Seize the Day and Chase Winter Doldrums Away

Seize the Day and Chase Winter Doldrums Away

 

Seize the Day! Lately that’s been my morning mental mantra. I visualize it as a chant and it’s the secret weapon I use every December to help me adjust to the onset of winter and face the end of the year.

Even though I’m lucky to live in Arizona, winter still means daylight hours seem shorter and the air feels cooler, making me spend more time indoors. Eventually I adjust, but not without a few days of wanting to just curl up under a blanket and give in to the doldrums.

Add to that it’s December and we’re closing out another year: a time of both nostalgia and reflection. Both are good things to do when thoughts are productive, but for those of us living with ALS, it’s easy to go from thinking about the past, to thinking too much about the past! Memories give way to feelings of loss, sadness sets in, and that warm blanket turns into our permanent cocoon.

How to avoid winter doldrums

I’ve found success in avoiding the winter doldrums and emotional lows by starting the day with a positive thought. Mine is: Seize the Day!

For me it represents keeping my thoughts in the present and embracing the day with an enthusiastic expectation of what’s yet to come. If you can’t imagine yourself feeling that way, I’ll bet you’ve felt it before. We all have — when we were kids waking up to the first day of summer vacation!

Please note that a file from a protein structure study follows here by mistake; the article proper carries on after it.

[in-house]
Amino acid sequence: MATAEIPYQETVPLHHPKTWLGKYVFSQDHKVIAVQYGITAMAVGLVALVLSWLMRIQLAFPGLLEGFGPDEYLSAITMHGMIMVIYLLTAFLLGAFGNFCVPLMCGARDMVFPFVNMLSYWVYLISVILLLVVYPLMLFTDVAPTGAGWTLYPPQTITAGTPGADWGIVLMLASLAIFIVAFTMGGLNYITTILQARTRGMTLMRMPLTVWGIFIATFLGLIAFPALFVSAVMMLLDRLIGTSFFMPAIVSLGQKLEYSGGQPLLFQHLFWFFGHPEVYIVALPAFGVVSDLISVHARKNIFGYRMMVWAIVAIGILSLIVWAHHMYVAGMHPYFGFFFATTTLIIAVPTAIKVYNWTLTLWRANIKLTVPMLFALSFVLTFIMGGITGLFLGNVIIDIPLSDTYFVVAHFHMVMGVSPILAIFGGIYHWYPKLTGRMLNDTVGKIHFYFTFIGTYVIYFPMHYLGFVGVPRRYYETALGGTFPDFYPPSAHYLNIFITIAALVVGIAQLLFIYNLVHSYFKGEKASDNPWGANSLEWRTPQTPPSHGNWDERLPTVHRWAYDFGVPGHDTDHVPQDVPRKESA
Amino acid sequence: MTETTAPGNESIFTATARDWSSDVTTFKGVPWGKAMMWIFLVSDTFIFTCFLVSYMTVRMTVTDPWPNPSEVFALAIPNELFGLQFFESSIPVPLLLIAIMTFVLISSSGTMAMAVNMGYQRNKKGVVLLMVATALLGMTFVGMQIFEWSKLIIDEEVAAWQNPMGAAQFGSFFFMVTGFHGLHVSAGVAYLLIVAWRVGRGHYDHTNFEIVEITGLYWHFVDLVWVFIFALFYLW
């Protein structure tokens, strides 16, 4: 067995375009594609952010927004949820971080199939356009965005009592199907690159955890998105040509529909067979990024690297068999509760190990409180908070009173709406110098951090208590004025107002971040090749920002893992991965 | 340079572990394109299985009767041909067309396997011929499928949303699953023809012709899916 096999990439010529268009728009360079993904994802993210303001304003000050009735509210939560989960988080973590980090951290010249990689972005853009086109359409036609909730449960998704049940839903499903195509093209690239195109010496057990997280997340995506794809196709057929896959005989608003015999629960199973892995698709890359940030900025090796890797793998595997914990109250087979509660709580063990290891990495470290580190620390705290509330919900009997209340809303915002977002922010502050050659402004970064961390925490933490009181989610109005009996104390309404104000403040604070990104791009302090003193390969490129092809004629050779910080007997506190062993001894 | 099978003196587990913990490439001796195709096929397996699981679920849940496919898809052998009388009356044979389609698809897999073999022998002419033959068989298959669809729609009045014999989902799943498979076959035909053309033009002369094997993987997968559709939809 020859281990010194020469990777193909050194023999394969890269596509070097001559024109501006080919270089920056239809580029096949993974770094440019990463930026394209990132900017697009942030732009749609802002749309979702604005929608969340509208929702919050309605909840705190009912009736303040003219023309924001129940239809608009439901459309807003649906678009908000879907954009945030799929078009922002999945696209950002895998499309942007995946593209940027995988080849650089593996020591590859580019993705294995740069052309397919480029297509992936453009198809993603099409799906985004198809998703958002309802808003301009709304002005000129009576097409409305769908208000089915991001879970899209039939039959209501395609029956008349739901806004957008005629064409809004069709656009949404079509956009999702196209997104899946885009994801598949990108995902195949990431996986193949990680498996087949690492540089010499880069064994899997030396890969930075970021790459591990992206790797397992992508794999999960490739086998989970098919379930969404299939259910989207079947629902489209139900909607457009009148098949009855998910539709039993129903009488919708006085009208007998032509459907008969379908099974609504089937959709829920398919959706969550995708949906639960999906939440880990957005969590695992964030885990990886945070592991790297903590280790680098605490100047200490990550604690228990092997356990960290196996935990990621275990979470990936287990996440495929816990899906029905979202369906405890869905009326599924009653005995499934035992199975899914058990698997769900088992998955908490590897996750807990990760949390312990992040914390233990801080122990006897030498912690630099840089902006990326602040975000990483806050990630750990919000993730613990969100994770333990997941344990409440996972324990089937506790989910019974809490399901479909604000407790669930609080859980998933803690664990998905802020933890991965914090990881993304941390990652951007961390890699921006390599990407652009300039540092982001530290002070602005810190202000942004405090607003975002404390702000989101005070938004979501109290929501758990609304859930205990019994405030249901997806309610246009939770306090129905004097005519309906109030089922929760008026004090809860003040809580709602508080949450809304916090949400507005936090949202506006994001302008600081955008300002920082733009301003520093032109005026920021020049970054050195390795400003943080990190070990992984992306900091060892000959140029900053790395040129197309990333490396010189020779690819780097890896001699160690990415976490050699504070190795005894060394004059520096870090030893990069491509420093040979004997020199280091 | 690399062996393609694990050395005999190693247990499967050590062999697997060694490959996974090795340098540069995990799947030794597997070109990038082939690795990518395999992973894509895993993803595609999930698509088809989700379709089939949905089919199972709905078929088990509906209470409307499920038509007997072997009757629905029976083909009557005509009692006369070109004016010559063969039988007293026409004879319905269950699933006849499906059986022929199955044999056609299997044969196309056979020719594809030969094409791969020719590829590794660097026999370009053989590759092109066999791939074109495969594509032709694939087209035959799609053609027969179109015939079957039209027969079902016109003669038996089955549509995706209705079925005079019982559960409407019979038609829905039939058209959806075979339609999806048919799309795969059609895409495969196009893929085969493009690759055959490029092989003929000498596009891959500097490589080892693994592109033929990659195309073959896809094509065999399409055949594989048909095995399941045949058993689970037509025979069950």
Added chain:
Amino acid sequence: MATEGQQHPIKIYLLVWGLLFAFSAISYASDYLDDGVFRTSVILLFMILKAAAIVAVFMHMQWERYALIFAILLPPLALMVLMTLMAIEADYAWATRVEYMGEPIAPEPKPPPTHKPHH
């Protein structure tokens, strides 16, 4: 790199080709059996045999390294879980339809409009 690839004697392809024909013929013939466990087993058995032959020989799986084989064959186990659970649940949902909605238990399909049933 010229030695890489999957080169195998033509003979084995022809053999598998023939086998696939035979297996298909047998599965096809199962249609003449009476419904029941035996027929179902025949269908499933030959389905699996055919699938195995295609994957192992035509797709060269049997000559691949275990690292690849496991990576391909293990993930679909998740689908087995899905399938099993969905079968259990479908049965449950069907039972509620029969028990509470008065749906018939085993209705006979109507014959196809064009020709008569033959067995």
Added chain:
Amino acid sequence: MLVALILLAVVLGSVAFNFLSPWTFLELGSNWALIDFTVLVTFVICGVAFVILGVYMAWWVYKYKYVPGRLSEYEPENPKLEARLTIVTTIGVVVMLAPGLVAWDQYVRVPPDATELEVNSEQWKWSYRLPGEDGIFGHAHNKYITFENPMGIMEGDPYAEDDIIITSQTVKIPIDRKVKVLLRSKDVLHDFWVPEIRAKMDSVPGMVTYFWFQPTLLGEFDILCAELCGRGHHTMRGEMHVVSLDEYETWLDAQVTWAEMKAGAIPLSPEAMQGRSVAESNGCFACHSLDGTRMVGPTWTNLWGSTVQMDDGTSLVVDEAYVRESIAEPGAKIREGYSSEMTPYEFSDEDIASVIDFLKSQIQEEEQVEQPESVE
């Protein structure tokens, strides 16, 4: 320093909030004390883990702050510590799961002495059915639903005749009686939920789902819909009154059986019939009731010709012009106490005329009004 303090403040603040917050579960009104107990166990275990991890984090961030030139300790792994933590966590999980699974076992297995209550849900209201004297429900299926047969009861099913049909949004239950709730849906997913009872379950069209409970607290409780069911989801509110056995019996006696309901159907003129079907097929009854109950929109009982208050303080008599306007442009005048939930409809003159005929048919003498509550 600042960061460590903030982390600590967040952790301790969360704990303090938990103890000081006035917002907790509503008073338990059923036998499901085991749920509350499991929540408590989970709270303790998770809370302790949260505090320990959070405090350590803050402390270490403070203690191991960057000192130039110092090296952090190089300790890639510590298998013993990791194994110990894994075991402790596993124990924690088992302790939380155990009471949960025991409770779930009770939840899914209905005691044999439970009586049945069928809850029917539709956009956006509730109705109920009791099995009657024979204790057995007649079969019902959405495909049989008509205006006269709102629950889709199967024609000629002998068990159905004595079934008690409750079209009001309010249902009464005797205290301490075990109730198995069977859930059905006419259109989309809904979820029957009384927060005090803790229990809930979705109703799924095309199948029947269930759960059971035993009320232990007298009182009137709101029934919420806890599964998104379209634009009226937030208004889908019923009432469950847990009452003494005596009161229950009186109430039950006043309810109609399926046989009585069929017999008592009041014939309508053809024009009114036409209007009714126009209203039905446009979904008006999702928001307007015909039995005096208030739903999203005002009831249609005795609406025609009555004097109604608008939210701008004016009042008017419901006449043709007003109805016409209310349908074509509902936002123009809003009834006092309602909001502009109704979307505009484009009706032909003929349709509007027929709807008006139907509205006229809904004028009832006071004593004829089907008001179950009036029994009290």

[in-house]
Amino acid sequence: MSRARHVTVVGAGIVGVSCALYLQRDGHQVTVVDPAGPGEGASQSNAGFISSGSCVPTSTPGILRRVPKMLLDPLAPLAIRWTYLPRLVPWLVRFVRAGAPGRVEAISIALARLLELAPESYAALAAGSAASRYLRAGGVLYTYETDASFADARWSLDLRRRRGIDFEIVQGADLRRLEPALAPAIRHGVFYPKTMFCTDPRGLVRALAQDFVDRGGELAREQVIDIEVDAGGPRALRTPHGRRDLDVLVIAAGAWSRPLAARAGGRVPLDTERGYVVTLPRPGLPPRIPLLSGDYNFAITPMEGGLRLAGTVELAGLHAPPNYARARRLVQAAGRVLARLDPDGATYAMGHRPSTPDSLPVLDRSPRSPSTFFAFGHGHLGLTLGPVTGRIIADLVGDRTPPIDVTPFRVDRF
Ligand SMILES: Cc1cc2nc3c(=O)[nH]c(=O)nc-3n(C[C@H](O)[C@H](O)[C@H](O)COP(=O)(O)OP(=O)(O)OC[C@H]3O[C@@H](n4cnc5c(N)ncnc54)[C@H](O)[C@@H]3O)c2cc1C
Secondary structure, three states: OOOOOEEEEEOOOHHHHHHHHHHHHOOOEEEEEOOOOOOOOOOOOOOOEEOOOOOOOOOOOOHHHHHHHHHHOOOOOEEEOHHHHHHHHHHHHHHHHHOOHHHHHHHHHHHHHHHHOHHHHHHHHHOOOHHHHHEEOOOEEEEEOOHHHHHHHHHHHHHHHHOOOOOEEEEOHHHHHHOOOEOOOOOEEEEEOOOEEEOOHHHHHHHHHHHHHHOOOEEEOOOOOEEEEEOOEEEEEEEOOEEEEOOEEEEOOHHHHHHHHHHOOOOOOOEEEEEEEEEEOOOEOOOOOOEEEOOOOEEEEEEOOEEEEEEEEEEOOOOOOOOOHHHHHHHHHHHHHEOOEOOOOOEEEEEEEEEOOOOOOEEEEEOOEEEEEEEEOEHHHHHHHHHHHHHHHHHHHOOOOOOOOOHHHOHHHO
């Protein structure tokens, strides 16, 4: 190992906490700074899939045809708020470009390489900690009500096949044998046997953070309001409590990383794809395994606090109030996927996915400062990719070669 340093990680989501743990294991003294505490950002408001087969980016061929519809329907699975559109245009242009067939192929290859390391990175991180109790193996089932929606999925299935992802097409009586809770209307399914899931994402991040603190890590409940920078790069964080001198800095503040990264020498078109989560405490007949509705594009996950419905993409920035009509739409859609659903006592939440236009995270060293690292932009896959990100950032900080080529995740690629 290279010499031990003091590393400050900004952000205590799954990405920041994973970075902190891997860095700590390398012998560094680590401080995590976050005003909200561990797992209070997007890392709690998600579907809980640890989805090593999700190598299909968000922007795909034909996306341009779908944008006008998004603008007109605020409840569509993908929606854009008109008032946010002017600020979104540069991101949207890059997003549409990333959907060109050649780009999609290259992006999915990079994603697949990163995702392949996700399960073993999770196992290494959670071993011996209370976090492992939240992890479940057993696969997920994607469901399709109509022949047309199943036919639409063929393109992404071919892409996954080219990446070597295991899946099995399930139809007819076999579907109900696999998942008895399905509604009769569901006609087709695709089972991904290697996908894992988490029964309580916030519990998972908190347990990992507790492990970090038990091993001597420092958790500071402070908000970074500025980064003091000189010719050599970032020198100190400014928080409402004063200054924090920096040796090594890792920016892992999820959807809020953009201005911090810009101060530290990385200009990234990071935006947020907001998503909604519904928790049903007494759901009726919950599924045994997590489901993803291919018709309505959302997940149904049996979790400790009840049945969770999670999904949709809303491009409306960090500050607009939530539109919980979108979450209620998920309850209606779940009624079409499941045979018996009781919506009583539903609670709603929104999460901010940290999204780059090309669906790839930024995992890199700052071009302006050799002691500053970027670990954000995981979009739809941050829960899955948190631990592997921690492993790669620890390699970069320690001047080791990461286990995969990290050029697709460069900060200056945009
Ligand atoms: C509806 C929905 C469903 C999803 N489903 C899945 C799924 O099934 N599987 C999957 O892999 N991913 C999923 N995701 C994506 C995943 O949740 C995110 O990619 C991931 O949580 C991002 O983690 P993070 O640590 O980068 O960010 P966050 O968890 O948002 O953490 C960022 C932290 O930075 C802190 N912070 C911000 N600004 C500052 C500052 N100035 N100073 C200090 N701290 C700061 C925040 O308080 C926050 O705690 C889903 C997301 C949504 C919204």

Those summer days were a clean slate waiting to be filled with carefree fun and new experiences. We didn’t dwell on the past or worry about the year ahead. We lived in the present moment.

That’s exactly the memory I use to make my mantra feel real.

Seize the day

If you find the winter doldrums creeping your way, give my morning chant a try. Be that kid on the first day of summer, seize the day and live the moment. The rest of the day will go a little easier and the winter might not seem quite so long.

Here are a few more tips to help you feel more positive:

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Note: ALS News Today is strictly a news and information website about the disease. It does not provide medical advice, diagnosis, or treatment. This content is not intended to be a substitute for professional medical advice, diagnosis, or treatment. Always seek the advice of your physician or other qualified health provider with any questions you may have regarding a medical condition. Never disregard professional medical advice or delay in seeking it because of something you have read on this website. The opinions expressed in this column are not those of ALS News Today or its parent company, BioNews Services, and are intended to spark discussion about issues pertaining to ALS.

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